Tuesday, April 07, 2009

Always a bride, never a bridesmaid

[from left to right: Dave, Karen, and Andy - Fountain City's regular trombone section. Not pictured: Will, our reinforcement]

As some of you may know, I'm a performing member of the Fountain City Brass Band (FCBB), based in Kansas City. The ensemble was formed as a so-called "British" brass band, meaning that it follows the division of players most commonly used in the local band culture of the United Kingdom. Today, the bands typically perform in one of two styles: the entertainment concert and the competition concert.

Works classified under "entertainment" label are usually fun and appealing to a wide portion of the audience. Film medleys, folk tunes, brief mood sketches, and featured solos all contribute to a typical brass band concert. The brass band has a fair amount of original literature composed specifically for that instrumentation, but it shows no hesitation in also borrowing works from other styles, such as opera airas and orchestral symphonies.

The contest literature is a completely different animal. Always arranged specifically for brass band, the pieces are often called "test pieces", because they are designed to test each player individually and the group as a whole. The actual difficulty of the pieces varies widely, but all are designed to be challenging to an appropriately skilled group (sometimes at the expense of "listenability", it must be said).

Last weekend, the FCBB boarded a bus for Louisville, KY, the location of the 2009 North American Brass Band Association competition (known informally as NABBA). While there, we competed in the highest tier of competition (the Championship Section) and won. Much celebration ensued. This victory marks the third annual victory at NABBA for the FCBB. Combined with two victories in the annual fall contest called the U.S. Open, it gives the band five championship wins in our last five contest appearances.

Of these victories, I've participated in the three most recent, having been performing with the band for just over a year. I was fortunate enough to be called into service at the last minute when for last year's NABBA contest after the previous bass trombonist got blizzarded into his airport and couldn't escape.

The upshot of this is that every time I've gone to competition, we've won! Should I be fortunate enough to stay with the band into the fall, that WILL change. The band is bound for competitions in the UK and the much stiffer native competition there. At Brass in Concert, we'll be there to share the stage with Black Dyke Band and Cory Band, reckoned to be two of the finest bands in the world. Black Dyke has been in existence in one way or another since 1815, Cory since 1884, and the FCBB has existed for seven years. Everything is younger over here, you see.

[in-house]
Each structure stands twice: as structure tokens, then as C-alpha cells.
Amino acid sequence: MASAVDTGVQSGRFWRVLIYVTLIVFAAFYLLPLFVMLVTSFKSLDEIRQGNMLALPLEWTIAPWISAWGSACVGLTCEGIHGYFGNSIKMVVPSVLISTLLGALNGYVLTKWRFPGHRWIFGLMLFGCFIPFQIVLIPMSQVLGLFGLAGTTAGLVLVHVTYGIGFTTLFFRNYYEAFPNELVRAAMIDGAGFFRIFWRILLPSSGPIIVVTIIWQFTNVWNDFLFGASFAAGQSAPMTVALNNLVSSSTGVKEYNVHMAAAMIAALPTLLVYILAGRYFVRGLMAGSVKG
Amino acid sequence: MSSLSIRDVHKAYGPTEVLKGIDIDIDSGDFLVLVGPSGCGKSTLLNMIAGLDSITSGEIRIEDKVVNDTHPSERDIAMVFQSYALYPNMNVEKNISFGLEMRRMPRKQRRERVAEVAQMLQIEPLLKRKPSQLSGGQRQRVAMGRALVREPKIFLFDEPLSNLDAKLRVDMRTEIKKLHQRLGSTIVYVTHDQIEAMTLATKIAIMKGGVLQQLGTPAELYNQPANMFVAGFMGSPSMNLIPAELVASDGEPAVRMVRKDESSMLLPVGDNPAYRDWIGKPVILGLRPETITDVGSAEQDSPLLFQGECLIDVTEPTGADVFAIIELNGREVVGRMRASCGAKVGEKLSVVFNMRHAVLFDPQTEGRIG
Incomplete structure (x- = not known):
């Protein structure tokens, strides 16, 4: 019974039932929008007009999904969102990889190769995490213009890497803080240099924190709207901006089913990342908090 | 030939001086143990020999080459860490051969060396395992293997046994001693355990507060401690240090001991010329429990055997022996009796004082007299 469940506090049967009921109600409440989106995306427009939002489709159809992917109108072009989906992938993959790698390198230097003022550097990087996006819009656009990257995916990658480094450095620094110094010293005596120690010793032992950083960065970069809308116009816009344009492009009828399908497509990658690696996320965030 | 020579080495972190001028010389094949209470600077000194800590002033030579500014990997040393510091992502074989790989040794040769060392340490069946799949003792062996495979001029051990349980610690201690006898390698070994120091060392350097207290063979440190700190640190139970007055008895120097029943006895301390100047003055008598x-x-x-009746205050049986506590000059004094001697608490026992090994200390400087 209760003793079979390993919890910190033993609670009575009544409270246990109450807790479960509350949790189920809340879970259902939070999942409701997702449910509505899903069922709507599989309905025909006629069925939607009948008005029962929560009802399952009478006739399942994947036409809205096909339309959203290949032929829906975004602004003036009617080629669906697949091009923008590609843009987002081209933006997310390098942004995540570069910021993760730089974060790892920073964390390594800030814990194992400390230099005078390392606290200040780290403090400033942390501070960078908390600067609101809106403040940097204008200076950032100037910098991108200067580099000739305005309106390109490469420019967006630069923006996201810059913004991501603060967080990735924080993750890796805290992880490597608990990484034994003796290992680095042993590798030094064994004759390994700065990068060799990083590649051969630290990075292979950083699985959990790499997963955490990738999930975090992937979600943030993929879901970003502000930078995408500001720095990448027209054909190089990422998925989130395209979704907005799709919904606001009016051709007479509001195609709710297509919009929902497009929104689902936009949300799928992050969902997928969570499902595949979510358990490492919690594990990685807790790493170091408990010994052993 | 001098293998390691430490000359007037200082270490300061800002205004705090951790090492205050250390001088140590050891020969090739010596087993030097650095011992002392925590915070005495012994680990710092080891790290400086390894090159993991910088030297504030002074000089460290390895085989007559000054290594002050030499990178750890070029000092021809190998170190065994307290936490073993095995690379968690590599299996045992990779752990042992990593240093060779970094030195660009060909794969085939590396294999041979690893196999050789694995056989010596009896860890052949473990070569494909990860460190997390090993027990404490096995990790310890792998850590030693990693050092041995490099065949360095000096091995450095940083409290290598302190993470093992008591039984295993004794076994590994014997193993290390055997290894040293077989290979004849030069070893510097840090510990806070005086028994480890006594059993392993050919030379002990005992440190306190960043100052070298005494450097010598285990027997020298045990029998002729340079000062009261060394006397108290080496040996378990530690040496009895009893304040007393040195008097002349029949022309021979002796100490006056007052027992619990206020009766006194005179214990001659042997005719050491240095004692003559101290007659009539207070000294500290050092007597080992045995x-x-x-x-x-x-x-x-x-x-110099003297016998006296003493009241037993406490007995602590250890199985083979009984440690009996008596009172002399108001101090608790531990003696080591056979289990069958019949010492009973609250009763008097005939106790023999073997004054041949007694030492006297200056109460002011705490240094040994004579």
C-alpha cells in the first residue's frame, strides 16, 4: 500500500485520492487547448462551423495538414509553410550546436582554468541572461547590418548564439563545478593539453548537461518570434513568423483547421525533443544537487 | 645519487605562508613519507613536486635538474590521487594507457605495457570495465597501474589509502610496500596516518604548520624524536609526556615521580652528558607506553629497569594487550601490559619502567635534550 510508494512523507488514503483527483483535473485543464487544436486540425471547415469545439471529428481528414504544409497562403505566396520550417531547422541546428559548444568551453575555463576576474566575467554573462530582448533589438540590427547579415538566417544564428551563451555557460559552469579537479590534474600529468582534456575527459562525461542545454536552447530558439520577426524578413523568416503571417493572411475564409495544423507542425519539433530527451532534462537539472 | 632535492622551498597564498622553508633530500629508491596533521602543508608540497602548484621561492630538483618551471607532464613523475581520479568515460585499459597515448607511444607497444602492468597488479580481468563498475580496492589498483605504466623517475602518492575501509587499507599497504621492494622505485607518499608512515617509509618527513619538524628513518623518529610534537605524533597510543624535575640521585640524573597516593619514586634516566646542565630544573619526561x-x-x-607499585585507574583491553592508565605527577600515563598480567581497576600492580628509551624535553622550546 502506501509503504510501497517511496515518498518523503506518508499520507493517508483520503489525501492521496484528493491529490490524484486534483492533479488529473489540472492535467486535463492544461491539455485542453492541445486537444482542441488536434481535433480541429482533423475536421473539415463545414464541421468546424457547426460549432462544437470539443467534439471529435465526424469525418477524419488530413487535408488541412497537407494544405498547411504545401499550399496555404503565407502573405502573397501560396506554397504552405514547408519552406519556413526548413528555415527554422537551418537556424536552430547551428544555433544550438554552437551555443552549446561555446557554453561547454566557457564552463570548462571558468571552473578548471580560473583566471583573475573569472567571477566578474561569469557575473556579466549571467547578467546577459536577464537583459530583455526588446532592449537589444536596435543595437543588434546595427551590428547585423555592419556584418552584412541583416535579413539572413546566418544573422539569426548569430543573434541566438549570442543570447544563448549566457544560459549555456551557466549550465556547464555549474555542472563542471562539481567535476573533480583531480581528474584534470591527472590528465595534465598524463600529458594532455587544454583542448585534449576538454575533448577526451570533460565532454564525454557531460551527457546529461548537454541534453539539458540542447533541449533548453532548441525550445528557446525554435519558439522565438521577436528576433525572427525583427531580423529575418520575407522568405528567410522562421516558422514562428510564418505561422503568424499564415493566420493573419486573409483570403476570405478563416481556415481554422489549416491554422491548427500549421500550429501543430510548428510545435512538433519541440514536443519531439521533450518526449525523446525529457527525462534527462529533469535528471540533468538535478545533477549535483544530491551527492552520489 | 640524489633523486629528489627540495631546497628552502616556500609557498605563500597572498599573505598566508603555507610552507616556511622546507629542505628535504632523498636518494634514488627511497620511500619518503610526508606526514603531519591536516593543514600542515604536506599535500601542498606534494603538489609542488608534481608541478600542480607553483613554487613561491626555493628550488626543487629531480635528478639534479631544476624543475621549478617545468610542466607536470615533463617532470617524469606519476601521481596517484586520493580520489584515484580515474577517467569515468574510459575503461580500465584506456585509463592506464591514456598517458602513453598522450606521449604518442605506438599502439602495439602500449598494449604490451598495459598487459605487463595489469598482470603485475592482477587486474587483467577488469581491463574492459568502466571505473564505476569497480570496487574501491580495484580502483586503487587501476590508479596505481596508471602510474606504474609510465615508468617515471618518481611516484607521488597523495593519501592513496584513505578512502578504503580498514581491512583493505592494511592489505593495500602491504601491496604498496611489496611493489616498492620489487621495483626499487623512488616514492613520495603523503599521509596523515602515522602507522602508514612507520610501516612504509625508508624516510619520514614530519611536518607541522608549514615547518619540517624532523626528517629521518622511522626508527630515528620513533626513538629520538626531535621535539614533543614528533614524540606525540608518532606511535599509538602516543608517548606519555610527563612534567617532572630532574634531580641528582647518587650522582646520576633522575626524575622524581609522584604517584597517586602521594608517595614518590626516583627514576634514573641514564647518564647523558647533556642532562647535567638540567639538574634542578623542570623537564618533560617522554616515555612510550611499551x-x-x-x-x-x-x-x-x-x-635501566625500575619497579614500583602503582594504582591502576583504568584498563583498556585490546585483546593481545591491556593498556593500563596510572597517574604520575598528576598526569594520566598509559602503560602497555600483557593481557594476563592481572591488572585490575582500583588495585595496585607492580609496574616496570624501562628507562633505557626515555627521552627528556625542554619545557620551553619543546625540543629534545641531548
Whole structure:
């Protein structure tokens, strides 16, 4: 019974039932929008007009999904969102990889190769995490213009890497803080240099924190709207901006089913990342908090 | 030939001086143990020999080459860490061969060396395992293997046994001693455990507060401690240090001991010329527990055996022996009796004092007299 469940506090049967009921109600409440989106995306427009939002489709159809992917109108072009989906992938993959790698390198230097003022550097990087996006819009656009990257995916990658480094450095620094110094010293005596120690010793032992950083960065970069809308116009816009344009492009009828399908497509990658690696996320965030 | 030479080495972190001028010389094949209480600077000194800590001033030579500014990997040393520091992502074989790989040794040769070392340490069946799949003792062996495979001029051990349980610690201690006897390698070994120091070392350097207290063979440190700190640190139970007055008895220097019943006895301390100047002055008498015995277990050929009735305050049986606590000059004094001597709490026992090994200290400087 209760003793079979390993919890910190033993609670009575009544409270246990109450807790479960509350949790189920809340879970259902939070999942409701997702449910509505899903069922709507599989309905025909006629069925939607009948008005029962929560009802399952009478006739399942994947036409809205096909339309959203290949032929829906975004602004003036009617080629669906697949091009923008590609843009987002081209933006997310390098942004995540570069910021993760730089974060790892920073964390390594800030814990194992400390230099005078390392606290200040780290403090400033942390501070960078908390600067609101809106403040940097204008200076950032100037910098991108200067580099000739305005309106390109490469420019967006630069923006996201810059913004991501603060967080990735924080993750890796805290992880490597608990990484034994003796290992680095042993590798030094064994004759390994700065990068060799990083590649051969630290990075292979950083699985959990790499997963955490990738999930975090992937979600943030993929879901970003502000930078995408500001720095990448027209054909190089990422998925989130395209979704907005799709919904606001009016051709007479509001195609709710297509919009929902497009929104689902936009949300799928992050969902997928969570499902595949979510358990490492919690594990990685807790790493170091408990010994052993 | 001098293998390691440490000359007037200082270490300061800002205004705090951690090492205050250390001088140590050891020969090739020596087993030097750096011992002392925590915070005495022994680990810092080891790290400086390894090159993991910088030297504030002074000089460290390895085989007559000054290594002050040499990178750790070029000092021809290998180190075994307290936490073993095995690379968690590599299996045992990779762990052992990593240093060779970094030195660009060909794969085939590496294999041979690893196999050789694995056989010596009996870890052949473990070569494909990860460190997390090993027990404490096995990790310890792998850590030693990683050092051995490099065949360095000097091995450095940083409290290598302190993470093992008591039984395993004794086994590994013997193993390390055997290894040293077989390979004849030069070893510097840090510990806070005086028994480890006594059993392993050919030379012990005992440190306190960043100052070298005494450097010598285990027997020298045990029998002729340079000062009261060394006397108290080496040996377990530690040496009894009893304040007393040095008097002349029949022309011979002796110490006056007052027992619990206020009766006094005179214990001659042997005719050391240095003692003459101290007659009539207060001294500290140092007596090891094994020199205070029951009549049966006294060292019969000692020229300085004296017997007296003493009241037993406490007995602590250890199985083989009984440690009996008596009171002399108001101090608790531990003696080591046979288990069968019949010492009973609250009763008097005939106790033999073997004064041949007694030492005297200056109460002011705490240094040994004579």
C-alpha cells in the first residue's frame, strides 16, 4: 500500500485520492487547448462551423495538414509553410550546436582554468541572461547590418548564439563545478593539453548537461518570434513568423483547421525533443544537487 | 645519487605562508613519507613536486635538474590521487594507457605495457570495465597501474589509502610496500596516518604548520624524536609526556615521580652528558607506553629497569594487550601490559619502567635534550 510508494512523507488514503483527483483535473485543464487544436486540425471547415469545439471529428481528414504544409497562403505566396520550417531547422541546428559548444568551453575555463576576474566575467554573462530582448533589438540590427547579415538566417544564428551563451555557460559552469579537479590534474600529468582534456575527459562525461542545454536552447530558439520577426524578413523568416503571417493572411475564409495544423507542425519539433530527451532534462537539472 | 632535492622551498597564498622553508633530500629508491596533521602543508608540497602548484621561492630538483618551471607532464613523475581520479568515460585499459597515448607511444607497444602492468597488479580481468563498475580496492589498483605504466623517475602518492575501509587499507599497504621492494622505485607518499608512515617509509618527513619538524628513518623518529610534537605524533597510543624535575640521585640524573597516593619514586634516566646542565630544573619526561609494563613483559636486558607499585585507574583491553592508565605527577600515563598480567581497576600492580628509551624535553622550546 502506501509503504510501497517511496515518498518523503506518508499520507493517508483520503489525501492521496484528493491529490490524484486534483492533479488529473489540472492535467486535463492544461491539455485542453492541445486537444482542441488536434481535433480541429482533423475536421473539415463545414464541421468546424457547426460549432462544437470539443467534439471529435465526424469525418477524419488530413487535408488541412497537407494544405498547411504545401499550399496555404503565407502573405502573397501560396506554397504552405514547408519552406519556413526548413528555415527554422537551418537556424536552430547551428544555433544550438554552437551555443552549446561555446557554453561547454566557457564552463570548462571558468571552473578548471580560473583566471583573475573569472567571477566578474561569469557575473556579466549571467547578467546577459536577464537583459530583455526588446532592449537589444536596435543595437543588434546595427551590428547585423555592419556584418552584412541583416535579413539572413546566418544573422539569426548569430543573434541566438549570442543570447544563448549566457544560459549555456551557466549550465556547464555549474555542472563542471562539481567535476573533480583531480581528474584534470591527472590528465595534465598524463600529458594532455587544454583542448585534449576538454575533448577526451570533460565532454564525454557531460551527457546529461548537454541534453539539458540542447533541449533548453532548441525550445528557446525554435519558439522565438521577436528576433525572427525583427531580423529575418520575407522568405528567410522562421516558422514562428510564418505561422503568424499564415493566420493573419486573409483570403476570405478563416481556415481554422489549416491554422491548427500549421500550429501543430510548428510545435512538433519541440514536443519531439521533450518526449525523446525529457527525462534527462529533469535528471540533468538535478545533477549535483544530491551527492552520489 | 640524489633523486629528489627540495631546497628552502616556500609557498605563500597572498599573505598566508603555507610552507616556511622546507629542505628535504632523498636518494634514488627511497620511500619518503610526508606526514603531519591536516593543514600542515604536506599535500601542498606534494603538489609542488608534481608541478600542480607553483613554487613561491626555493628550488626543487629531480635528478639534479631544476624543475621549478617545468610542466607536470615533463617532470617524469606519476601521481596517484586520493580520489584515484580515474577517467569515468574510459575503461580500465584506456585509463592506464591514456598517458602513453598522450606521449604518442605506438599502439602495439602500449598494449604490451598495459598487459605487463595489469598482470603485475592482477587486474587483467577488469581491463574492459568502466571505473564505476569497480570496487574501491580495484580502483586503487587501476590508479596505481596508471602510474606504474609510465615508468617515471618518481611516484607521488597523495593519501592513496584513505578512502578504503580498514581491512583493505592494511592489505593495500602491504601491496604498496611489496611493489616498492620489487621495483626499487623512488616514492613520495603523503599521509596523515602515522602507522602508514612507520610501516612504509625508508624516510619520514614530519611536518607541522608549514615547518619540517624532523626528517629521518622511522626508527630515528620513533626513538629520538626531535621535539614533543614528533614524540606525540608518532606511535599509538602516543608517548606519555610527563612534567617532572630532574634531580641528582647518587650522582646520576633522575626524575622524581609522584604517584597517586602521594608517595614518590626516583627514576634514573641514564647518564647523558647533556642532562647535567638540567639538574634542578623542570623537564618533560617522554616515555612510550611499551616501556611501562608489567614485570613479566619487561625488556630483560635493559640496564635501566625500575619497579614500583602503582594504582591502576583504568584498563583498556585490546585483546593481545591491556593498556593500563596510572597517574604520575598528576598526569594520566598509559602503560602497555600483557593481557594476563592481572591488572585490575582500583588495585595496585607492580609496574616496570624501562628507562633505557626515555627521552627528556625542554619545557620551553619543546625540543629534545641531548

This contest at NABBA was something. I personally got to be treated as the most minor of minor celebrities. After the first competition piece on Friday night, many people from the audience and bands mingled in the lobby. I received much praise, for not only our band, but also the four members of the trombone section, and even for my own performance. It was very flattering.

The second night, much the same happened, only more so! Other FCBB people were laughing and telling the story of how it took me forever to cross the lobby, due to all the people stopping me to praise our sound and my sound. I signed no autographs (as one friend joked) but I did receive praise from other distinguished members of the American band society; people whose reputation and names I know well.

It's amazing to be arguably at the top of the heap of an American section of musical style. Unlike Madonna or Bruce Springsteen, however, we don't get a whole lot of financial rewards from our success. In fact, it mostly just costs us money. I'd venture to say the vast majority of pop artists aren't listed as 501-3C charitable organizations. It costs the band thousands of dollars just to make appearances at these continental contests, to say nothing of what it will cost to transport 40 people plus instruments to the UK and back.

I still say we should get a sponsorship from H&R Bloch or Sprint or other big Kansas City business. Unfortunately, in the current lean economic times, nobody is that interested in floating lots of money. There are wonderful dreams of fantastic operating budgets and corporate sponsorships, but that's still mostly wishful thinking. There's no lack of trying to kick start an appreciation here, though.

It's a good group of lads and lasses, though. We have the tall and the short, the thick and the thin, the mirthful and the melancholy. And together, we make a beautiful music.

Though, there is this annoying bass trombone sound every now and then...
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2 comments:

  1. Congratulations! Now I can say "I knew you back when..." :-)

    Any recordings floating around out there?

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  2. The group did record a CD in 2007, which is still waiting to go to press. However, I'm not playing on it, so it's of no value to any friend of mine. :)

    There may be other ... less straightforward ... means of hearing the latest recordings. We shall see.

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